I still have some questions about the story:
How was the pacing? Were there filler episodes or places that were rushed? (Val)
Actually Sevens is fast paced, I've already told you that it was written in Implied form. Well Sevens Volumes make every arc slow, but if you're going to take a look take it on a bigger picture, it's faster than most novels with a lot of chapters. Well I do get people why they complain about how slow it is, the plausible reason was it is still being translated by Yorai, even Yorai's fast translation can't keep up with Wai's fast paced released that Sevens before was treated as a slow novel last year. There's no Filler, but there's a question corner and some special chapters, but I can't call them filler. Sevens is not rushed, but to be frank it is quite rushed in the later chapters, too many implied writings and low on details, but at least it's still consistent till the end. (Tsugumomo)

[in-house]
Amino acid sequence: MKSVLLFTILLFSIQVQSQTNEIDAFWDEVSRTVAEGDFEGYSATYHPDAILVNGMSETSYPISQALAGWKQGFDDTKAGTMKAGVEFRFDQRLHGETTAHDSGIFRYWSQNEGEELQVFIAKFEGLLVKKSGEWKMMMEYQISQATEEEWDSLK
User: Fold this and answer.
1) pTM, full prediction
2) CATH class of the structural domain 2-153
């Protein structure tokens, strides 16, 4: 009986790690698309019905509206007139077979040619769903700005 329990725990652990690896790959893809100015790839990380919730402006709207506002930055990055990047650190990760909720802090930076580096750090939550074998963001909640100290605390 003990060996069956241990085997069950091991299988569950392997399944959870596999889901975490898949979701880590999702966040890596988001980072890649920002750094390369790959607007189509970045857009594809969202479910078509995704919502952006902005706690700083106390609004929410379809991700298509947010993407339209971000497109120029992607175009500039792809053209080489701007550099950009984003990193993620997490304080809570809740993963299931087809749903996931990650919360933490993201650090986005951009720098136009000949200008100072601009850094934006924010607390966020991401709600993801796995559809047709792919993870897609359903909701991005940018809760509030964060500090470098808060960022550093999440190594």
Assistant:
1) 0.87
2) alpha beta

Here's a crucial question:
Were the individual elements of the story done well? Was the comedy funny, the mystery enthralling, the ecchi/fanservice desireable, (action, romance, suspense,...) etc. ? (Val)
The Elements of Sevens (Genres and Tags) were done well, from the beginning to the end, it's sensible and logical.
Even though I've said it was predictable, Sevens didn't resort to cheap writing like the popular Kingdom Novels did. Resorting to introduction of advance technology and showing it to people just to see their repetitive reaction while showing the author's unrealistic naivety when it comes to policies and ideology which would not work in reality. The author of Sevens showed its superiority when it comes to knowledge, she showed the complexity of Nobility, Common People and Royalty, the author showed how hard it is to actualized what most popular Kingdom Novels is trying to achieve, Ironically Sevens is more rationale to to other popular Kingdom Novels out there. The Author also knows how to limit her knowledge in writing her content by making the novel quite convenient, making it in a premise after apocalypse or else the Dreaming side of Japanese readers will not appreciate too much historical reality which should be left unknown to readers. Fantasy set in medieval makes Realistic approach irrelevant, that's what Wai said to her question and answer portion, which is reasonable. (Tsugumomo)